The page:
Teacher: ‘We feel so exposed to the new virus variant’

On condition of anonymity, a teacher outlines the everyday classroom fears for teachers trying to get through winter

Friday, 3rd December 2021

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I’M a primary school teacher in Islington teaching a reception class of four and five-year-olds.

The new Omicron coronavirus variant is making teachers very sad and depressed: the fear of another lockdown is hard both for us and the children.

My class has spent a third of their life in lockdown. You can tell from the way they socialise, how they relate to one another has been affected.

Their capacity to problem-solve is reduced. They’re so used to spending time with their primary carer that they are much more fragile, and find it difficult to think: how do I deal with an obstacle, how do I negotiate?

Their resilience is low.

We’ve already had two lockdowns. We can’t have another one.

I didn’t come into teaching to look at a screen and online teaching is like herding cats with the very youngest children.

It’s impossible to do things. It’s one thing when you’re in a class with the children, but it’s a very different thing when you’re trying to get 30 children to look at a screen.

During the lockdowns, the academic gap got bigger.

Some kids were given lots of help by their parents while other parents didn’t have time to help their children.

Some kids were just given a phone and joined the lessons while lying on the sofa. So the academic gap widened but there is also an across-the-board global delay compared to other year groups.

As a teacher, I have been coming into school from the very beginning.

I know people with nice jobs like lawyers, or those working in art and design, and they’ve only just gone back to work. As someone over 50, I feel vulnerable working directly with the under-12s, the only group of people in the country who are unvaccinated.

In a class of four and five-year-olds, wearing a mask is not possible, you can’t imagine the amount of lost hats and scarves at this time of year.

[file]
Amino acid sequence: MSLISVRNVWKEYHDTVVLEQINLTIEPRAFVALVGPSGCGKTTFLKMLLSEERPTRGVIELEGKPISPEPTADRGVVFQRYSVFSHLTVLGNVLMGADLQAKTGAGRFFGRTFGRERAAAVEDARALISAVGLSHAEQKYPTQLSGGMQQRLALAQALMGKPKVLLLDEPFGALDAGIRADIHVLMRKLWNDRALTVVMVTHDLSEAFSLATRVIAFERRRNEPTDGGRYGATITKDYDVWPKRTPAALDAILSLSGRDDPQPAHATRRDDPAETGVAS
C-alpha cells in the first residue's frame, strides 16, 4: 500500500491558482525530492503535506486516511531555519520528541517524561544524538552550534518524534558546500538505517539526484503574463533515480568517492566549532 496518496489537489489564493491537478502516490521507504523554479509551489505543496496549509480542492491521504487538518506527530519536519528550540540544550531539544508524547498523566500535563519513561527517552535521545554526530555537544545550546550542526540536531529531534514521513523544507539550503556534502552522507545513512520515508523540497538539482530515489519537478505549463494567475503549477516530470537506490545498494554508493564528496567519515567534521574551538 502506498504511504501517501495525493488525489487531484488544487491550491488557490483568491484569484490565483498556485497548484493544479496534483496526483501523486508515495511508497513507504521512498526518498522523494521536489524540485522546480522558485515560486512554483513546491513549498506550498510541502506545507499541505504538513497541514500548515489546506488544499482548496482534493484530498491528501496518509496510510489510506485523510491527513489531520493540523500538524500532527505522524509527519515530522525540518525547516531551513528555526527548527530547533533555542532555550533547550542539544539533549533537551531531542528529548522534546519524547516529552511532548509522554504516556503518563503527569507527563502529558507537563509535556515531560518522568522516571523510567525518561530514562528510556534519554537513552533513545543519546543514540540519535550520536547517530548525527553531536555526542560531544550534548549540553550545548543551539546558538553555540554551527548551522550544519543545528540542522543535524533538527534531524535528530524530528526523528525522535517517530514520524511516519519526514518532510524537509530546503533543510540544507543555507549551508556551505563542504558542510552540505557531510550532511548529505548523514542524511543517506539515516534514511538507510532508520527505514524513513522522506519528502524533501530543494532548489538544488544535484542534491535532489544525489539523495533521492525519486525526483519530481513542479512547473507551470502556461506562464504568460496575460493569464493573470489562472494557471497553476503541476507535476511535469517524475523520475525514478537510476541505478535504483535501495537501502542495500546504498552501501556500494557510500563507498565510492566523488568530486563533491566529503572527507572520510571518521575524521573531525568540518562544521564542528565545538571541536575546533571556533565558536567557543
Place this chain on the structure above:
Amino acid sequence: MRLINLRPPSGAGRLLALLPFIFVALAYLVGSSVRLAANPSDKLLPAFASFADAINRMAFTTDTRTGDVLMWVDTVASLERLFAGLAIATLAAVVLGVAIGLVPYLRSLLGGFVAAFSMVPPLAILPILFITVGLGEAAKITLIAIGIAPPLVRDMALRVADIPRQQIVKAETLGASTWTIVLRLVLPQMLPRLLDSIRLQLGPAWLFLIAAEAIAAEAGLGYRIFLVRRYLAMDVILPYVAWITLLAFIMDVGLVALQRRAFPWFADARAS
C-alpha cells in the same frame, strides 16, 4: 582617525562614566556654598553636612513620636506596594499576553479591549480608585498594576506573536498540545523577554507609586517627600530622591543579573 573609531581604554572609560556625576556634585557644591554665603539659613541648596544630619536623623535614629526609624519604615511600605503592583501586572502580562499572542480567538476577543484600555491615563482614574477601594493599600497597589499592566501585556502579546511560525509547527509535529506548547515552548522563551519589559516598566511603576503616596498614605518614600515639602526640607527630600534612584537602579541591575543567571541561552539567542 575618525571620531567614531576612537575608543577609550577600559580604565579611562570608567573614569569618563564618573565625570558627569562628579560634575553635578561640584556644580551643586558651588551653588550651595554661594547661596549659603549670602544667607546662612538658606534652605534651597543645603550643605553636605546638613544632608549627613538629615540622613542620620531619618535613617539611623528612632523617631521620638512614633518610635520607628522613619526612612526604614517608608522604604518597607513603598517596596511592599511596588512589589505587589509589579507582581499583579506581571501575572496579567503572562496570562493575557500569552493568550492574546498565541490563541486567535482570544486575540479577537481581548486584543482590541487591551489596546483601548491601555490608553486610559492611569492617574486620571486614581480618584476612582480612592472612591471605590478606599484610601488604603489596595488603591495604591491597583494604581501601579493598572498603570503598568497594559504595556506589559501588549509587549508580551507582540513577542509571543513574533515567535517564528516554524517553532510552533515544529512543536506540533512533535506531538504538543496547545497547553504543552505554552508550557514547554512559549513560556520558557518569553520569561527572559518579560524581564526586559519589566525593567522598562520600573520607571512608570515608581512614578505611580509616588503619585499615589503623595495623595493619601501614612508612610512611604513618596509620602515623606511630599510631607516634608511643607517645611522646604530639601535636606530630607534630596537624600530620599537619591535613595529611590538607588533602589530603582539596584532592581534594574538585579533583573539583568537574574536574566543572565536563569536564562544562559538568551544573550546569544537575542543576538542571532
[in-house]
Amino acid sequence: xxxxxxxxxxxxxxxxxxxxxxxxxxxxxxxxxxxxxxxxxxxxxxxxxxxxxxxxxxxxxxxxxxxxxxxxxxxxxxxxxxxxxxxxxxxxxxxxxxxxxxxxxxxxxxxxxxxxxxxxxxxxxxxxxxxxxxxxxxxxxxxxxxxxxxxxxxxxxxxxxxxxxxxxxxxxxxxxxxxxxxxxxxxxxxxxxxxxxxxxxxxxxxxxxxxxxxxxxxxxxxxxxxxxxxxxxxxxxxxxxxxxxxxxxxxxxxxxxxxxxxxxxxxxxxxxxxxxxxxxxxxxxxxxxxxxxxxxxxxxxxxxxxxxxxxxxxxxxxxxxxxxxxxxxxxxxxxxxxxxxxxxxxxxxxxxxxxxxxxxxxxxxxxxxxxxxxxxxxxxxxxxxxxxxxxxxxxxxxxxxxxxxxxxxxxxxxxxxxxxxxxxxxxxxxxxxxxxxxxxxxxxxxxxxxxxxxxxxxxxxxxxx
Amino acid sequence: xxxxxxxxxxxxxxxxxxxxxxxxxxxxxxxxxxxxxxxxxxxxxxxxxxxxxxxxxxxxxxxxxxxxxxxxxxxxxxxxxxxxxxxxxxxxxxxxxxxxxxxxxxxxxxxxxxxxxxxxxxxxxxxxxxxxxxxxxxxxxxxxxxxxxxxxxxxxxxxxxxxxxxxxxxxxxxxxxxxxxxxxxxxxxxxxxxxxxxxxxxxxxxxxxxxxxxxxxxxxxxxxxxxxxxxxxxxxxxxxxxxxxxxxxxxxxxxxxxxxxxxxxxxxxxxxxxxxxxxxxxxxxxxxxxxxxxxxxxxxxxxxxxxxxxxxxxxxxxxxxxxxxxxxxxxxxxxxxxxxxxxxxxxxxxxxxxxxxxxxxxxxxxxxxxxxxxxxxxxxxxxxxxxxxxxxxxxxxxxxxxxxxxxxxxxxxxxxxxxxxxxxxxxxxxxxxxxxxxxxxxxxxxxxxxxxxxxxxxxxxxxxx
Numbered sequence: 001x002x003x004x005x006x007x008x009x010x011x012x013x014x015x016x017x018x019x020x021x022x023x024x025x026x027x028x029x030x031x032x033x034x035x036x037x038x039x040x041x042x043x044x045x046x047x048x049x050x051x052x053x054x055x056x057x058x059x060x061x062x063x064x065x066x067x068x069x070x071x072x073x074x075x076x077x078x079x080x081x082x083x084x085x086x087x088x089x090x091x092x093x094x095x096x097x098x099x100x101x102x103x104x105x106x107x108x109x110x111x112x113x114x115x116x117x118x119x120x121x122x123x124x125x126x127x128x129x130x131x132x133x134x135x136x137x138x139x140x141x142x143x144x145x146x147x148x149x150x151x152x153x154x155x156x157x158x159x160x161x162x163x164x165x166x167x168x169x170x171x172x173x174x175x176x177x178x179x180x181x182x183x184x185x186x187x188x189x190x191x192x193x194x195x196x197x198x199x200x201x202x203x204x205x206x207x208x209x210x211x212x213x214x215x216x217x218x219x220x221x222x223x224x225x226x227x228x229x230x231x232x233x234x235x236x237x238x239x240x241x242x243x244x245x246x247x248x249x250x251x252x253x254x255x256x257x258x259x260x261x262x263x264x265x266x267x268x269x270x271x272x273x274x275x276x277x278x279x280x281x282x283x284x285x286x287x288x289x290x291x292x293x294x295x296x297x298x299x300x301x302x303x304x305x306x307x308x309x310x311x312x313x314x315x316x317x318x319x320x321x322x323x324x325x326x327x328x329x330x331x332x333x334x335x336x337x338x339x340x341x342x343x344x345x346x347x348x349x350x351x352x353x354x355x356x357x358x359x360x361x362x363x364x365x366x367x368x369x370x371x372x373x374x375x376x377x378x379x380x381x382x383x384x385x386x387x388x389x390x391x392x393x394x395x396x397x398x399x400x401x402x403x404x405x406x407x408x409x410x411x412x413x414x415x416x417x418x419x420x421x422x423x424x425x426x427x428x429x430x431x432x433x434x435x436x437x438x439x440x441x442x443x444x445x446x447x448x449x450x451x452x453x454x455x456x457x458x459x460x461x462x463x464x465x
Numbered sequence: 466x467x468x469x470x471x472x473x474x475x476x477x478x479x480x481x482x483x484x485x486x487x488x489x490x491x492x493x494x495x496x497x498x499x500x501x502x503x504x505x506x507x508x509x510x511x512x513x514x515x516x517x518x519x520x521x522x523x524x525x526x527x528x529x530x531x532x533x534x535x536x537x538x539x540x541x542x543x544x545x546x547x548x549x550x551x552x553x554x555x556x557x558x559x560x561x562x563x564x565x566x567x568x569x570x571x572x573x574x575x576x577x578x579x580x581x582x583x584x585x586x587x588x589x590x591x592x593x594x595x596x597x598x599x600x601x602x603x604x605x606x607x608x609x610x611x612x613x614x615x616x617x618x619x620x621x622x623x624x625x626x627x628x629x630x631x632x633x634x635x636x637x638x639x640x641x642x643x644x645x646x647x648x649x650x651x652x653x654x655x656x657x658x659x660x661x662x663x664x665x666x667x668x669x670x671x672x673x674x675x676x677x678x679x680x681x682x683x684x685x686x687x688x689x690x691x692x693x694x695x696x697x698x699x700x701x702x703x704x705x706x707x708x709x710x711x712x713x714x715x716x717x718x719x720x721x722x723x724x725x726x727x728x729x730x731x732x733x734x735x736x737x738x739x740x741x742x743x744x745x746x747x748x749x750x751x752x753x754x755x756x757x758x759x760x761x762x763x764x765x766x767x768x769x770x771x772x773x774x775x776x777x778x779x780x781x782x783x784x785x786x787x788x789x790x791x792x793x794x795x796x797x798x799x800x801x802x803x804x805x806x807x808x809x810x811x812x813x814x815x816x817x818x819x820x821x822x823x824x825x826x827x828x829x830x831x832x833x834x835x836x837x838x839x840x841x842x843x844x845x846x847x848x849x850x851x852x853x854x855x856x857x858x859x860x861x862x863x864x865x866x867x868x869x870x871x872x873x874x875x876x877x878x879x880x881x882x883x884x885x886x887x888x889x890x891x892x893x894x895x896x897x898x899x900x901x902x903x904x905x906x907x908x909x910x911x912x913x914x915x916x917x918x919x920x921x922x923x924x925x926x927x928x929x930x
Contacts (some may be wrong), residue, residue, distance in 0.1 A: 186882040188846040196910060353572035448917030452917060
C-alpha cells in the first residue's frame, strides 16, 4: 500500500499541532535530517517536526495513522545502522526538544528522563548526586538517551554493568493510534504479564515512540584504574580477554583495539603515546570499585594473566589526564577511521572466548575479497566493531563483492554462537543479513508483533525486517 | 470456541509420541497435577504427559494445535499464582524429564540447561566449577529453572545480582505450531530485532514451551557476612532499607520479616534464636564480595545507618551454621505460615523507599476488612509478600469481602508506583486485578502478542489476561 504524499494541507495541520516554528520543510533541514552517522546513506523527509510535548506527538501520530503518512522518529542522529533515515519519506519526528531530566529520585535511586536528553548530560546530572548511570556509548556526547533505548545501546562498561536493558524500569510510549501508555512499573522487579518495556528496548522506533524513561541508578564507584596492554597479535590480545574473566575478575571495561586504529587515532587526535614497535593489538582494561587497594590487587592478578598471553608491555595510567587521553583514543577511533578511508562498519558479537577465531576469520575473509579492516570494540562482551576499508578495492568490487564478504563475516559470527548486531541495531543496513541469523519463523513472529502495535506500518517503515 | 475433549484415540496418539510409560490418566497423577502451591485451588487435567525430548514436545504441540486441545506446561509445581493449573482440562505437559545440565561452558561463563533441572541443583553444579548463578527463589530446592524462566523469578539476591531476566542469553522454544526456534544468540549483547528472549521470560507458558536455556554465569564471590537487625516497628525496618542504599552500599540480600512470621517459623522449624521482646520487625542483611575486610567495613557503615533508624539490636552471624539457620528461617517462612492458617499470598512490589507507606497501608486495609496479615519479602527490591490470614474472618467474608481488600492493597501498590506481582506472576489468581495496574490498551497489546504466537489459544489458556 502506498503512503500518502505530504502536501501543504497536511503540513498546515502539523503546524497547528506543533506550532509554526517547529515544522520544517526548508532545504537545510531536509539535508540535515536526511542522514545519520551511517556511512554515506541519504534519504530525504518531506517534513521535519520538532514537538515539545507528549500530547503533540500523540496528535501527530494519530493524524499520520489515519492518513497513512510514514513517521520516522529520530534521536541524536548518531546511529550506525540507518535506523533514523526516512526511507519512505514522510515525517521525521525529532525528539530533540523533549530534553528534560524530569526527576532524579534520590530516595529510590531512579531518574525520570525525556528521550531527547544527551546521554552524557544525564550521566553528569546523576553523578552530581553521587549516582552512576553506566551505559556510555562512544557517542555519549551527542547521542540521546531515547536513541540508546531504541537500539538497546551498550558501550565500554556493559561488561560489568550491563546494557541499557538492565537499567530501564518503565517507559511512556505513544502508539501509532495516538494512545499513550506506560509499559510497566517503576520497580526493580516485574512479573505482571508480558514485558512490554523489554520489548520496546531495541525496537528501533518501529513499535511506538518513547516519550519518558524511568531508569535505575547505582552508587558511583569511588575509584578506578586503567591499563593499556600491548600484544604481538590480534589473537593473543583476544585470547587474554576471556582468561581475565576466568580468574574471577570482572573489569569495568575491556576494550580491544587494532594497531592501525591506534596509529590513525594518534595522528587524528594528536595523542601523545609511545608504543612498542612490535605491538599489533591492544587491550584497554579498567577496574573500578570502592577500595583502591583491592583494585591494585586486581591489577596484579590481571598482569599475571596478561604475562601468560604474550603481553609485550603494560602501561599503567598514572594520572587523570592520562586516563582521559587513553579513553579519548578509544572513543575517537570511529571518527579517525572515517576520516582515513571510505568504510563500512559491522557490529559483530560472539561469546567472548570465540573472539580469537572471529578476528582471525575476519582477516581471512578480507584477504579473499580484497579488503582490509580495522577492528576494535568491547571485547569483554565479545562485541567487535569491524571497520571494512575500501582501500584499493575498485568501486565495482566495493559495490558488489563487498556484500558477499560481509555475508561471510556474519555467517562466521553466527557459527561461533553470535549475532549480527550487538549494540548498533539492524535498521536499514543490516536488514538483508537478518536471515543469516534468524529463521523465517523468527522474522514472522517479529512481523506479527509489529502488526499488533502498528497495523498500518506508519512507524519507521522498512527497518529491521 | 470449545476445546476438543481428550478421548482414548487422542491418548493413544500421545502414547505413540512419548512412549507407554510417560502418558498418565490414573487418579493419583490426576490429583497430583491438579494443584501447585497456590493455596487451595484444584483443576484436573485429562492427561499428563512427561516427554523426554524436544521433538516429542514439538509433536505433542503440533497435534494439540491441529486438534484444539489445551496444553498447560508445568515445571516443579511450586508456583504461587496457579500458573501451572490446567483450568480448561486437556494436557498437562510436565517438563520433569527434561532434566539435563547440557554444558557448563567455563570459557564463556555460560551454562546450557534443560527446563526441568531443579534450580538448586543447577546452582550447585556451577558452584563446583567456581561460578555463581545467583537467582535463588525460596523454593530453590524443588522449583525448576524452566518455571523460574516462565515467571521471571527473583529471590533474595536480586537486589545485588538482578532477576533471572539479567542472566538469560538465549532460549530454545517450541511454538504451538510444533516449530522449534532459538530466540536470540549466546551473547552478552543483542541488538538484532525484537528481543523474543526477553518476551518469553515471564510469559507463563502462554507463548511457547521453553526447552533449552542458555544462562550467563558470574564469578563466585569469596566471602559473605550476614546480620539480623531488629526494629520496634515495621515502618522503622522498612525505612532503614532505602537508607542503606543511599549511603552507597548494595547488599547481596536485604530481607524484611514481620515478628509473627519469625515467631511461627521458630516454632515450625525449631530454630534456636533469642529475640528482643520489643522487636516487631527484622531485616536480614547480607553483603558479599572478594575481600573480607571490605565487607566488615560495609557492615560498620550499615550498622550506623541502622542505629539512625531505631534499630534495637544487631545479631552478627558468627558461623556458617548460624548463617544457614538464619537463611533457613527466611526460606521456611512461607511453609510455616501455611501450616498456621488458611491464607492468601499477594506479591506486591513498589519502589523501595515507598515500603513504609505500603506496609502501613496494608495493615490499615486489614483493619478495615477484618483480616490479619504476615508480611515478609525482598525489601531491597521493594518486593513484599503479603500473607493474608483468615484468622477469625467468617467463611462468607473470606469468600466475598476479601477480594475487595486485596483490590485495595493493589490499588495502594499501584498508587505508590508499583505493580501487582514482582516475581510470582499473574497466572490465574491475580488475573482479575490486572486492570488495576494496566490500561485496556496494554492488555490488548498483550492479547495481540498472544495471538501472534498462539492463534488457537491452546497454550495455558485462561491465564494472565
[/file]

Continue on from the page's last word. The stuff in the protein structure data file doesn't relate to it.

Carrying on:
The idea that they could move around and keep their masks is not realistic. So we can’t introduce masks and vaccination is not a possibility.

That means ventilation is the only way to go. It fills me with dread thinking about ventilation.

In most schools, typically what you get is a crack of the window and that’s it.

Cases are very high among primary school-age children, and often nothing has been done beyond opening a window or a door.

In cold weather, are windows still going to be open?

It’s so cold you can’t expect teachers to sit with their windows wide open, and there are legal limits for how cold a classroom can get.

That means we need fan systems that suck fresh air into a building and circulate it around the rooms.

You have to keep air moving every hour to reduce the risk of transmission.

Every classroom needs a fan system and we need bigger ones for the assembly halls.

We also need smaller class sizes: there is no social distancing in primary schools. We had the Nightingale Hospital during the first lockdown – why can’t we have Nightingale schools to get us through this winter?

At the moment there are 30 children in a class – let’s have classrooms of 15 children max!

They drafted in retired doctors to help during the lockdowns.

We should draught in ex-teachers this time. We need an emergency programme over the next few months.

The government response to Covid has shown that big shifts are possible. We need another big shift in schools.

I think something dramatic does have to happen: as teachers we want all children to come into school.

This time last year cases were going through the roof. Over the Christmas holidays, teachers got organised and said they weren’t going into schools.

We said: we’re not putting ourselves at risk.

If Omicron gets worse, we may have to organise again.

Omicron hits north London

Boris Johnson’s update this week

A FAMILY in neighbouring Camden is isolating with one of the first recorded infections of the Omicron variant of Covid-19 in the country.

No cases of the new variant first discovered in South Africa have been traced in Islington but Haringey has identified a case.

The discovery came in a week that NHS staff were urged not to socialise in big groups in the run-up to Christmas.

And the government has ordered new measures to help control the spread.

Prime minister Boris Johnson returned to his press briefings this week and said face masks are now mandatory in shops and on public transport. There was another push for Covid vaccine jabs as well, with booster injections being brought forward.

Other Omicron cases this week were recorded in Liverpool, Norfolk, Sutton and Westminster.

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